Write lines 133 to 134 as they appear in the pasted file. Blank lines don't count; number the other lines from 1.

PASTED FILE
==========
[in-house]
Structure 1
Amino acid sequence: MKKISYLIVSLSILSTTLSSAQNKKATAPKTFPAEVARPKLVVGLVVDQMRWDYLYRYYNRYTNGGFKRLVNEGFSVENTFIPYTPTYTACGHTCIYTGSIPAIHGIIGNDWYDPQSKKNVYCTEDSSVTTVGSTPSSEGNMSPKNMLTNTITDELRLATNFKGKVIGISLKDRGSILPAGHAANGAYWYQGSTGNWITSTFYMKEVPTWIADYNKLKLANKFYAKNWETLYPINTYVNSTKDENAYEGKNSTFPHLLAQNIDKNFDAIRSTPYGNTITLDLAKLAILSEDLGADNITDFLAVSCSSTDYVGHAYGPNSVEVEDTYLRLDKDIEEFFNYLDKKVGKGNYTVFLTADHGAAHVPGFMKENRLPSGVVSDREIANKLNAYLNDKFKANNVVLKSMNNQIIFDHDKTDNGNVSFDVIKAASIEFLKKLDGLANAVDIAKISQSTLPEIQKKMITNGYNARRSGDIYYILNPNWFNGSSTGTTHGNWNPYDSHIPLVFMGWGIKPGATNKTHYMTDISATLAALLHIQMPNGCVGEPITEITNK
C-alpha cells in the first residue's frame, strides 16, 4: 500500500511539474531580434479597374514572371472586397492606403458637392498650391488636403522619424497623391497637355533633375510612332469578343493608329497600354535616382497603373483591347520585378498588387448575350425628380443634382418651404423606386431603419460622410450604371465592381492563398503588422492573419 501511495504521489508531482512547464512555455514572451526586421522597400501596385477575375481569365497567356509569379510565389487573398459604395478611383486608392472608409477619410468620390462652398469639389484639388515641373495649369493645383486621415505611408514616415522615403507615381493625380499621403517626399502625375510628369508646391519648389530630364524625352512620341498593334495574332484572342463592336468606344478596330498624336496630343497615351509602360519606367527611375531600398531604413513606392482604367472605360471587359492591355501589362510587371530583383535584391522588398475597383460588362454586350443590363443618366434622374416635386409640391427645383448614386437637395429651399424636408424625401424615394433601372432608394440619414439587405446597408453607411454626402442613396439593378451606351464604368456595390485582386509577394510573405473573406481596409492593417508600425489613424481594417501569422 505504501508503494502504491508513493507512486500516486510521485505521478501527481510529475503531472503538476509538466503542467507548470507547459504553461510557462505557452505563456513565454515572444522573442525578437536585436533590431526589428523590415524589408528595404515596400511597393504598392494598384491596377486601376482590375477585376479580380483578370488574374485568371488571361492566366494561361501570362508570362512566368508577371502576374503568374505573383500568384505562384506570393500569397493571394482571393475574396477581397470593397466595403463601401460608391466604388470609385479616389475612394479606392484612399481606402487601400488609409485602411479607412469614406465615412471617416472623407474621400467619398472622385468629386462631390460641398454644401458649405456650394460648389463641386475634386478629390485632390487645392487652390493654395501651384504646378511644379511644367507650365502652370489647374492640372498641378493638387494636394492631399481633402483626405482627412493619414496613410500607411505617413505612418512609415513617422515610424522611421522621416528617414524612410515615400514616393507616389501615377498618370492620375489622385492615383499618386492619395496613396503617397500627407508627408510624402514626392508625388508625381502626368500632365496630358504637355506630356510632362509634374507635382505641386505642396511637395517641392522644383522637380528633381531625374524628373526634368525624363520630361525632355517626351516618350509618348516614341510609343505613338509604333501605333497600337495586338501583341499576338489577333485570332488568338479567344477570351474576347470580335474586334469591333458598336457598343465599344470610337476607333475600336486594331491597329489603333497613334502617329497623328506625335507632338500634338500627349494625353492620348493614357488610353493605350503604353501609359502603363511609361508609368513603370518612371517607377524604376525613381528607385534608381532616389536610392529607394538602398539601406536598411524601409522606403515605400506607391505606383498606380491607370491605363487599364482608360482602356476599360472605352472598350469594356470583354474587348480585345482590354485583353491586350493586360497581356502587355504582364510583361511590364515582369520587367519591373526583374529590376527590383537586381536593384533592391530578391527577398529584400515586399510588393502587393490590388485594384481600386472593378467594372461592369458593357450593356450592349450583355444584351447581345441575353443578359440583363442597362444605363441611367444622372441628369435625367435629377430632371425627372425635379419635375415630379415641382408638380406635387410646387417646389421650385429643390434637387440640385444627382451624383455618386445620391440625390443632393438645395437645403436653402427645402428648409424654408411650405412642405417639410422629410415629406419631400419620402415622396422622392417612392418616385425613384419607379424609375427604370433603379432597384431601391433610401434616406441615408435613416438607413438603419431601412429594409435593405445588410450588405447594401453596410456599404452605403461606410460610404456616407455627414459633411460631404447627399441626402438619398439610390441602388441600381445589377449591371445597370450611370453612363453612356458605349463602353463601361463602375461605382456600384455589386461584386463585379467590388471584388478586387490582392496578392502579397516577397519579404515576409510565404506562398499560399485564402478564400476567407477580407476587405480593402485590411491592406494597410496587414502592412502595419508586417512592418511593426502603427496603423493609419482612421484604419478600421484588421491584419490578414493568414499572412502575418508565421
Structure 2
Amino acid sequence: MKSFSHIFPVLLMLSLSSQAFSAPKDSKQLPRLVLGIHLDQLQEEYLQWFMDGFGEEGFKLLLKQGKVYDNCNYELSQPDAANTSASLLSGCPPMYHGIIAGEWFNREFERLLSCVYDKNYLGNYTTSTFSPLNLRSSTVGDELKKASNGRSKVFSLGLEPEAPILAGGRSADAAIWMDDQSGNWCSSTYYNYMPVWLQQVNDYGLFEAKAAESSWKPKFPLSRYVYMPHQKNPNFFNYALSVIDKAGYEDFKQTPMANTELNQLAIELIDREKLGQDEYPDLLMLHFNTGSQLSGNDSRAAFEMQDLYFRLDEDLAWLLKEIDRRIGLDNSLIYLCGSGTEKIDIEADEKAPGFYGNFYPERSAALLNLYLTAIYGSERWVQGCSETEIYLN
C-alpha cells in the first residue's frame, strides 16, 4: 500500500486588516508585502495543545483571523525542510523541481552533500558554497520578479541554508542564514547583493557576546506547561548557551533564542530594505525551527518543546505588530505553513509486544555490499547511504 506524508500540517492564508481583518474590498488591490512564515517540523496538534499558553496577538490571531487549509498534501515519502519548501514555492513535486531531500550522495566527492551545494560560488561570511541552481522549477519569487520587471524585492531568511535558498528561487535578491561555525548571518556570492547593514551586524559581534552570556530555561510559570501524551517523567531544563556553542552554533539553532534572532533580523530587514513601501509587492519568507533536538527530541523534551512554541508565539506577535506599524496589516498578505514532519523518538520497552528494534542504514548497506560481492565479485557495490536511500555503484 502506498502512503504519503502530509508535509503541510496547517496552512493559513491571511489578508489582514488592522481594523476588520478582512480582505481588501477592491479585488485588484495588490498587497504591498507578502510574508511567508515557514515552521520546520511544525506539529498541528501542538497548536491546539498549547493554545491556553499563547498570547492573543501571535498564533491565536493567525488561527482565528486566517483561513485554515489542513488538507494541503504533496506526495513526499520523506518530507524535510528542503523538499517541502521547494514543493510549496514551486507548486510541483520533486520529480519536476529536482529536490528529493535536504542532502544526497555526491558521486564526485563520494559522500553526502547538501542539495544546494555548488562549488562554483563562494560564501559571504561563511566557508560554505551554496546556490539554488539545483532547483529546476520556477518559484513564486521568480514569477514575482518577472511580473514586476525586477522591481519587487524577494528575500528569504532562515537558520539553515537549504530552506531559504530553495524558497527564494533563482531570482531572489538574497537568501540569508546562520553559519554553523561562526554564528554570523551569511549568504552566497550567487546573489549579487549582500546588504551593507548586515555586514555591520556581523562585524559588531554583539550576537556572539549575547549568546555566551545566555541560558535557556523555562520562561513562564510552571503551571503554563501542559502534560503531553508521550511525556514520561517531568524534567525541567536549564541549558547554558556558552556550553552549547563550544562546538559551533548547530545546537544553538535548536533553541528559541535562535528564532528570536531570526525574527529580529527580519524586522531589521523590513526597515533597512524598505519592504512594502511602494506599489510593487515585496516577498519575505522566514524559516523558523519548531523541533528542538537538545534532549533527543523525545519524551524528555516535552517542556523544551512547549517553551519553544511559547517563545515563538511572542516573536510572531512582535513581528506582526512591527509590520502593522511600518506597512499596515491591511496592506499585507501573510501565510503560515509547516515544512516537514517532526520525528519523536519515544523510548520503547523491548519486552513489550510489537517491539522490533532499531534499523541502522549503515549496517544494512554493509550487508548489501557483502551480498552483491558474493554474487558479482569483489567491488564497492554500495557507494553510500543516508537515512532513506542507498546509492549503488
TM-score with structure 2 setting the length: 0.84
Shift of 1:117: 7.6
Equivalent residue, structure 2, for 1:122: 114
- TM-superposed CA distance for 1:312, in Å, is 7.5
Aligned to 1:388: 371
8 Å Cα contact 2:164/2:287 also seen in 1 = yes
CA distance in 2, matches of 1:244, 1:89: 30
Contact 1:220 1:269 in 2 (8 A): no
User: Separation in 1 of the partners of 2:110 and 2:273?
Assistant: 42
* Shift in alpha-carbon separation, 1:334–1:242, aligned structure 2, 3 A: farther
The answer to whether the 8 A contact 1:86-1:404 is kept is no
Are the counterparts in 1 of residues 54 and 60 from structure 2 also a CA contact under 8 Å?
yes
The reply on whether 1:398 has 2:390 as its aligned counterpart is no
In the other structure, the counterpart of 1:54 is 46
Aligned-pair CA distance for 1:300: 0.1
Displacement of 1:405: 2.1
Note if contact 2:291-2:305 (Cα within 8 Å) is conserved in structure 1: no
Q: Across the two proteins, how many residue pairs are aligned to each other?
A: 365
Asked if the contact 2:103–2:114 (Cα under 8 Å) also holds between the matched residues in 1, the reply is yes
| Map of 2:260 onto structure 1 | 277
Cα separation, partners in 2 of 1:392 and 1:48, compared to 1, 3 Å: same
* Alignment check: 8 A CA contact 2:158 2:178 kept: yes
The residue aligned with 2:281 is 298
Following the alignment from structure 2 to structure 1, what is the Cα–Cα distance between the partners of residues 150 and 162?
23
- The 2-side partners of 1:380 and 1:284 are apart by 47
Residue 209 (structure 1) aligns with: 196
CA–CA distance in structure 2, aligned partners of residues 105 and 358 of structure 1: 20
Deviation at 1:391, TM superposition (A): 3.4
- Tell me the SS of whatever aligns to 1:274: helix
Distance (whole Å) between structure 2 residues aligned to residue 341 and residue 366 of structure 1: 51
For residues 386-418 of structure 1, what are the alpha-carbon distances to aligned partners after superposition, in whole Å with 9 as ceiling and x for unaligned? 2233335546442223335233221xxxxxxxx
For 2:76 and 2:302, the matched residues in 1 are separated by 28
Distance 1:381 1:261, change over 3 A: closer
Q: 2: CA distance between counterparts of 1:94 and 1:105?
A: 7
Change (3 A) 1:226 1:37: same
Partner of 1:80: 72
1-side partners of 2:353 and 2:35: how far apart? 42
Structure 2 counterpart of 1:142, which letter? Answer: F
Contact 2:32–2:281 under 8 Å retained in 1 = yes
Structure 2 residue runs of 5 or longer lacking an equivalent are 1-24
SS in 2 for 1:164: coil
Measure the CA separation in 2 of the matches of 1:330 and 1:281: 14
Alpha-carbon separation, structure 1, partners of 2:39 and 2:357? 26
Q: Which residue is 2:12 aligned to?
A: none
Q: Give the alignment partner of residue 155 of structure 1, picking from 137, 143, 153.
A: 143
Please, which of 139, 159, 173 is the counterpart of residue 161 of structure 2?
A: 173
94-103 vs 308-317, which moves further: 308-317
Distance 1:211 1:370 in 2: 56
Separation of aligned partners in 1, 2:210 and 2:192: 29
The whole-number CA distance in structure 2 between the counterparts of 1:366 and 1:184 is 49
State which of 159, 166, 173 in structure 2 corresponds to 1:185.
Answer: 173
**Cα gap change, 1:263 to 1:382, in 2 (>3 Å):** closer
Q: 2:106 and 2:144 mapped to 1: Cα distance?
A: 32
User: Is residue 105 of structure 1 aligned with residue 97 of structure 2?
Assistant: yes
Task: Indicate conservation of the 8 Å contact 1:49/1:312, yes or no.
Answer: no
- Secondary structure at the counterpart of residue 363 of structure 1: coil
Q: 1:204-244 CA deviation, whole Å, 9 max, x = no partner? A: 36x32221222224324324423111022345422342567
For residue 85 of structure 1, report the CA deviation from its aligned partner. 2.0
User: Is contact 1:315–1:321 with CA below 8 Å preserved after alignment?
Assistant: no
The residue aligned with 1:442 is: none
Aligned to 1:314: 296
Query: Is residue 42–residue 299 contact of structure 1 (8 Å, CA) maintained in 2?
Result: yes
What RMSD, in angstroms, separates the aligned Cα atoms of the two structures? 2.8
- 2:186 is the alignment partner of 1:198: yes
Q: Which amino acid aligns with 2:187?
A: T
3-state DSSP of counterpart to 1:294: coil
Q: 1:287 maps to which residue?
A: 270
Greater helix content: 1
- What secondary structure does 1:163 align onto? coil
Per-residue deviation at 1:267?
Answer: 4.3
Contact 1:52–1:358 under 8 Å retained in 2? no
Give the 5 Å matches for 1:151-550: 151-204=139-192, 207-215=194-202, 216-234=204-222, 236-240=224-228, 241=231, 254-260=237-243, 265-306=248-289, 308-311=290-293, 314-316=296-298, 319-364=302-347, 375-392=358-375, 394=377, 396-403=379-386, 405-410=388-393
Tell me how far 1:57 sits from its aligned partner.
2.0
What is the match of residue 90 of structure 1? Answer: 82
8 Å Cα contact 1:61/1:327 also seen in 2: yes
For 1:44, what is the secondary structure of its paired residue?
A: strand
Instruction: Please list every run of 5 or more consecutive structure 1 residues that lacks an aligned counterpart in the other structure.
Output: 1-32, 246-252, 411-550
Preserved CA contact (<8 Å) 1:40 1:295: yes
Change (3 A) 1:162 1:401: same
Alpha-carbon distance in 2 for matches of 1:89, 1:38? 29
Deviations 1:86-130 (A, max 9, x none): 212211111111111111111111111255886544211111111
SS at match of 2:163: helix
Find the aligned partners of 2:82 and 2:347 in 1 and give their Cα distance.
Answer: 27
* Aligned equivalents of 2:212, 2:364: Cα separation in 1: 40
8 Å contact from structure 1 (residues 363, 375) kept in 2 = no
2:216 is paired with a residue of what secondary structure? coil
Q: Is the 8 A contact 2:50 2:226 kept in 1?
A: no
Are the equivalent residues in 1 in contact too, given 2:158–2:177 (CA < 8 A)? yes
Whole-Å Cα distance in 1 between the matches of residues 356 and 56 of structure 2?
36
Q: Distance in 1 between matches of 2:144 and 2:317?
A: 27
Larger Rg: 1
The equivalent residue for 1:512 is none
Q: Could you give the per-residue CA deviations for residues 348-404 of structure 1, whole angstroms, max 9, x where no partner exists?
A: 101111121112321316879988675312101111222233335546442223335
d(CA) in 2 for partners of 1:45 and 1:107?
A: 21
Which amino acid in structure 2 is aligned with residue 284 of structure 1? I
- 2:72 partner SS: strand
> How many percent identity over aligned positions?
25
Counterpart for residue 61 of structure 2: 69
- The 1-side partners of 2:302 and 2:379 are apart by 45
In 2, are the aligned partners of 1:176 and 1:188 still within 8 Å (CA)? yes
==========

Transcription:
- The 1-side partners of 2:302 and 2:379 are apart by 45
In 2, are the aligned partners of 1:176 and 1:188 still within 8 Å (CA)? yes